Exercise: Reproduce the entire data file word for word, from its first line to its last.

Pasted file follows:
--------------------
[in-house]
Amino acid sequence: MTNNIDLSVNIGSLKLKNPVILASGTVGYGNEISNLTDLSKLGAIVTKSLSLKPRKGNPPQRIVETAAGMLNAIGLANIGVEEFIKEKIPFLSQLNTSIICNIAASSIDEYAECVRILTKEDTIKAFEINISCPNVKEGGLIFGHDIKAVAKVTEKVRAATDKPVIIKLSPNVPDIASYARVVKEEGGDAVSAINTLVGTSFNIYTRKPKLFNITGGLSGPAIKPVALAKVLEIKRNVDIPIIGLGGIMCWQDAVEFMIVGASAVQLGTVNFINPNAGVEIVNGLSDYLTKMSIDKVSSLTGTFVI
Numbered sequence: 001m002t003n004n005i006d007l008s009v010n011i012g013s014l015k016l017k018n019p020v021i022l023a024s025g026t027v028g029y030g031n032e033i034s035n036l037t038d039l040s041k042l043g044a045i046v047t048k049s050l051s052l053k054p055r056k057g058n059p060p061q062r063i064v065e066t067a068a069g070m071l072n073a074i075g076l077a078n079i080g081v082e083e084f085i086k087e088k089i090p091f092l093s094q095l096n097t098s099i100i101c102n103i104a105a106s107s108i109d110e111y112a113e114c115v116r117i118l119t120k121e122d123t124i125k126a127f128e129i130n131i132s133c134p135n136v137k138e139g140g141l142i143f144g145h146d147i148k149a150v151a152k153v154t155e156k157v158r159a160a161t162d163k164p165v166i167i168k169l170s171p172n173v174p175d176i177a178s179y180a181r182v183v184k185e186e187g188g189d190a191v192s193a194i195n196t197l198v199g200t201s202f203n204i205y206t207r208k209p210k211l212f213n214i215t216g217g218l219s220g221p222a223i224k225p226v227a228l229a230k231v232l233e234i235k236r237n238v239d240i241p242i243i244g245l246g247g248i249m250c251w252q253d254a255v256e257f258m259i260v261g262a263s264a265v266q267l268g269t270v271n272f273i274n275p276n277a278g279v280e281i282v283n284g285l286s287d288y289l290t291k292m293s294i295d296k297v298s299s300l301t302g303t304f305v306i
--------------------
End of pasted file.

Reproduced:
[in-house]
Amino acid sequence: MTNNIDLSVNIGSLKLKNPVILASGTVGYGNEISNLTDLSKLGAIVTKSLSLKPRKGNPPQRIVETAAGMLNAIGLANIGVEEFIKEKIPFLSQLNTSIICNIAASSIDEYAECVRILTKEDTIKAFEINISCPNVKEGGLIFGHDIKAVAKVTEKVRAATDKPVIIKLSPNVPDIASYARVVKEEGGDAVSAINTLVGTSFNIYTRKPKLFNITGGLSGPAIKPVALAKVLEIKRNVDIPIIGLGGIMCWQDAVEFMIVGASAVQLGTVNFINPNAGVEIVNGLSDYLTKMSIDKVSSLTGTFVI
Numbered sequence: 001m002t003n004n005i006d007l008s009v010n011i012g013s014l015k016l017k018n019p020v021i022l023a024s025g026t027v028g029y030g031n032e033i034s035n036l037t038d039l040s041k042l043g044a045i046v047t048k049s050l051s052l053k054p055r056k057g058n059p060p061q062r063i064v065e066t067a068a069g070m071l072n073a074i075g076l077a078n079i080g081v082e083e084f085i086k087e088k089i090p091f092l093s094q095l096n097t098s099i100i101c102n103i104a105a106s107s108i109d110e111y112a113e114c115v116r117i118l119t120k121e122d123t124i125k126a127f128e129i130n131i132s133c134p135n136v137k138e139g140g141l142i143f144g145h146d147i148k149a150v151a152k153v154t155e156k157v158r159a160a161t162d163k164p165v166i167i168k169l170s171p172n173v174p175d176i177a178s179y180a181r182v183v184k185e186e187g188g189d190a191v192s193a194i195n196t197l198v199g200t201s202f203n204i205y206t207r208k209p210k211l212f213n214i215t216g217g218l219s220g221p222a223i224k225p226v227a228l229a230k231v232l233e234i235k236r237n238v239d240i241p242i243i244g245l246g247g248i249m250c251w252q253d254a255v256e257f258m259i260v261g262a263s264a265v266q267l268g269t270v271n272f273i274n275p276n277a278g279v280e281i282v283n284g285l286s287d288y289l290t291k292m293s294i295d296k297v298s299s300l301t302g303t304f305v306i